In addition, the GA does not contain information about the digestibility or quality of the listed nutrients.


Clinician's Brief
Ingredient List

The ingredient list is arranged in decreasing order of majority by weight. Ingredients must be listed by their common or usual name, and most have a corresponding definition in the AAFCO Official Publication.

Although the ingredient list can provide general information about the type of ingredients used in a pet food, descriptors of quality and grade are not permitted. Similar to the GA, the ingredient list is not presented on a dry matter or energy basis.

Related Article: Canine & Feline Nutrition Guidelines

In addition, it is impossible to tell which proportions of nutrients are coming from each ingredient, as the nutritional composition of each ingredient can vary and exact amounts are not disclosed.

Ingredient lists may not be particularly useful for practical nutritional information, and they do not contain information about the digestibility or quality of the diet.

Nutritional Adequacy Statement

Unless expressly labeled as snack or treat, a pet food is required by AAFCO to have a statement and validation of nutritional adequacy.

The product label will state that the pet food meets the requirements (ie, provides complete and balanced nutrition) of 1 or more recognized categories of nutritional adequacy:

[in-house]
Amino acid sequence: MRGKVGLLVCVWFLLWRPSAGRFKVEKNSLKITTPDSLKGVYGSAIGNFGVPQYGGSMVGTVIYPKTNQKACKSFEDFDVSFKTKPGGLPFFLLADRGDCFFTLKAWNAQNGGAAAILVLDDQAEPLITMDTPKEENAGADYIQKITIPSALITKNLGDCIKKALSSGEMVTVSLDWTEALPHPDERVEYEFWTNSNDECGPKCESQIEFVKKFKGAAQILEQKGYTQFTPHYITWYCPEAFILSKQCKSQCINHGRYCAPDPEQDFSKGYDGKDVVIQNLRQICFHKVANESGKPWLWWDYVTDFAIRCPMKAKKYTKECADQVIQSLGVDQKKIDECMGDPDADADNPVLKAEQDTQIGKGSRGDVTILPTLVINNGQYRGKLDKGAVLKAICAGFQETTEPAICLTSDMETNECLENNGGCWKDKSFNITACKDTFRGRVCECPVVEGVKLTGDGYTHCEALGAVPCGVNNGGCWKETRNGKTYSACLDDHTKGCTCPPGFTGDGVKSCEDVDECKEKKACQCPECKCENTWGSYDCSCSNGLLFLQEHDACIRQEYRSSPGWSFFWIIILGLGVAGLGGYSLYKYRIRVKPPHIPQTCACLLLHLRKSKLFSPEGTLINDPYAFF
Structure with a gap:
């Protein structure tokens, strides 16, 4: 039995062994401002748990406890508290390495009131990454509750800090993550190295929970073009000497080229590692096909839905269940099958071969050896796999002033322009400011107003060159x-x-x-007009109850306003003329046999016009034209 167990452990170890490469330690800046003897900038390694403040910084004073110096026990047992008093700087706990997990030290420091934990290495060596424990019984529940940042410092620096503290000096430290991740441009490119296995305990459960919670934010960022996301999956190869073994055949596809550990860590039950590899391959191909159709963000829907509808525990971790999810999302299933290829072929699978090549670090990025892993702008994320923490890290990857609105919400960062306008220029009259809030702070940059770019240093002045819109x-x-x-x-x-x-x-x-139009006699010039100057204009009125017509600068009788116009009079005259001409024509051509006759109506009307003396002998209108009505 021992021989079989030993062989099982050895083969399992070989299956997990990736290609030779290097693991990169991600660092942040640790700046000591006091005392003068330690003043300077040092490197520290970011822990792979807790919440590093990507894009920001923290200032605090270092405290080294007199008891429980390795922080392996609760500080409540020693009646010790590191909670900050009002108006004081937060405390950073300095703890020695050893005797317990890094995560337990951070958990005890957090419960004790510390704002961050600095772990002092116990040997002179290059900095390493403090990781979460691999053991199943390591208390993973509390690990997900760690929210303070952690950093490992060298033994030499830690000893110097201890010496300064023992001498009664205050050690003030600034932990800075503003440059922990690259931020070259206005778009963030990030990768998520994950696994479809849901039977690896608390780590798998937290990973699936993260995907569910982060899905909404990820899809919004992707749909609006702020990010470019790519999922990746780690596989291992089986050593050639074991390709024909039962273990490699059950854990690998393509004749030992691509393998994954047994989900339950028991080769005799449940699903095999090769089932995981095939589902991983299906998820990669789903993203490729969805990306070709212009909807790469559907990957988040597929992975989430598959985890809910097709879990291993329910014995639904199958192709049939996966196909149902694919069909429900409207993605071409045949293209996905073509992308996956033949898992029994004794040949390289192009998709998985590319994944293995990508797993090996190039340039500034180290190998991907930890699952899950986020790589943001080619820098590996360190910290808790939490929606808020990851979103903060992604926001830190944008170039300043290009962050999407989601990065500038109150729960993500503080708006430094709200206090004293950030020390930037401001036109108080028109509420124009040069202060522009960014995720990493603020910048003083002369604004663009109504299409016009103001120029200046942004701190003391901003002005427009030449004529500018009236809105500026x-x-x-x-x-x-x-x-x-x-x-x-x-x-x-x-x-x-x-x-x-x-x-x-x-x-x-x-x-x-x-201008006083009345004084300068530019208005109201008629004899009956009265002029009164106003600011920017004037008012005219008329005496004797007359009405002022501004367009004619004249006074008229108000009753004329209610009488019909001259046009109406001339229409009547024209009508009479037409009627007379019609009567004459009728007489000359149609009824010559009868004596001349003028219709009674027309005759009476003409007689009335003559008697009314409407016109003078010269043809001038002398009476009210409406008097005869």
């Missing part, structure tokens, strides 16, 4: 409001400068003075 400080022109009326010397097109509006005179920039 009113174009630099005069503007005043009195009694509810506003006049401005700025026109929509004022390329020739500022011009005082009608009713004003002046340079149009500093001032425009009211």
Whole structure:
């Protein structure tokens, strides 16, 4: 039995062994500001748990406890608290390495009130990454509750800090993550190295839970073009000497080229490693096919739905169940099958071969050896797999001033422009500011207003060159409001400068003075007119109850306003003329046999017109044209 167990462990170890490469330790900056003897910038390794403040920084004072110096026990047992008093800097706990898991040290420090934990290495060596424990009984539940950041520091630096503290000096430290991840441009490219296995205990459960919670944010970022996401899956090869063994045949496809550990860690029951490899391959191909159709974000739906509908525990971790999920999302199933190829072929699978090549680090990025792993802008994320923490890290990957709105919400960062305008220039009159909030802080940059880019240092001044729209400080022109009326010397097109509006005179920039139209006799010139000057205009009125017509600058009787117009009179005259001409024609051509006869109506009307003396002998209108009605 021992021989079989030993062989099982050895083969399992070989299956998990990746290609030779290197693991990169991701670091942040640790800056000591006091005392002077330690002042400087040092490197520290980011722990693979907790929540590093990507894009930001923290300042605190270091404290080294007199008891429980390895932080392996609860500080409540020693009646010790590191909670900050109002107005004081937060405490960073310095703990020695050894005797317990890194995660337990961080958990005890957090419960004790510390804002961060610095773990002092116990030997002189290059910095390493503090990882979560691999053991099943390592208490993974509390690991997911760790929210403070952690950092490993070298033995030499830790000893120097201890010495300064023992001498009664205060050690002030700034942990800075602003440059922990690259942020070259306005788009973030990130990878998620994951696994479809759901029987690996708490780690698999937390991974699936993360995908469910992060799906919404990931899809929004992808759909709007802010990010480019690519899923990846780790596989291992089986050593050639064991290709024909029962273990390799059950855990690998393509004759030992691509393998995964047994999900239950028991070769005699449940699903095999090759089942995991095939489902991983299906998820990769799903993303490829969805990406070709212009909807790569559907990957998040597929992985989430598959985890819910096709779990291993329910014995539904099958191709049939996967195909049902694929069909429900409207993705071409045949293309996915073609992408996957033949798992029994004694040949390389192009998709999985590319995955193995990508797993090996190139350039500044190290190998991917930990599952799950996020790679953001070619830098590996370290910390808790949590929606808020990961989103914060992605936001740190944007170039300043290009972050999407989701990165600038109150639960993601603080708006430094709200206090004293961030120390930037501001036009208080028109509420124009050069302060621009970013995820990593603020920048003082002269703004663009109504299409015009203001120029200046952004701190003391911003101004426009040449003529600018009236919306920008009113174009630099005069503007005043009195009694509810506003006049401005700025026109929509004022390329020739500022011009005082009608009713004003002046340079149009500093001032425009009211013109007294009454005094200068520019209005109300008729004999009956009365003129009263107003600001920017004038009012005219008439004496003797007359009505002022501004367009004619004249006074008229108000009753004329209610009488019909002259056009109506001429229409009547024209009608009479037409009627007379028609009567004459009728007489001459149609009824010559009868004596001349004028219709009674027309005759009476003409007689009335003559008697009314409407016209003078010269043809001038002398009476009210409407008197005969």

• Gestation and lactation
  • Growth
  • Maintenance
  • All life stages

Pet foods can be considered complete and balanced in 1 of 2 ways:

  • The manufacturer can prove by formulation (ie, calculations based on the composition of the ingredients and their inclusion levels in the product) that the product contains between the minimum and maximum required levels of all essential nutrients as established by the AAFCO dog or cat food nutrient profiles for specific life stages.
  • The manufacturer can show by feeding trials (as specified by AAFCO) that the product supports the specific life stage claimed on the package.

If neither claim can be made and the product is not explicitly labeled as snack or treat, then the label must state that the product is intended for supplemental or intermittent feeding only.

There is value to both methods of nutritional adequacy substantiation, but feeding trials (preferred by many nutritionists) can account for digestibility and bioavailability of nutrients.

Closing Thoughts

Ideally, diets are formulated to satisfy nutritional profiles and are subjected to feeding trials. Clients should ensure they are using a food with a nutritional adequacy statement matching the life stage of their pet.

JENNIFER LARSEN, DVM, MS, PhD, DACVN, is assistant professor of clinical nutrition at the Veterinary Medical Teaching Hospital at University of California, Davis, where she also earned her degrees and completed a residency in nutrition. Dr. Larsen is a clinical nutrition consultant and conducts research in clinical and basic nutrition. Her recent projects include analysis of fiber in pet foods, evaluation of homeprepared diets for pets, and assessment of nutritional status. Dr. Larsen frequently speaks at national conferences, as well as regional veterinary meetings.


References

For global readers, a calculator to convert laboratory values, dosages, and other measurements to SI units can be found here.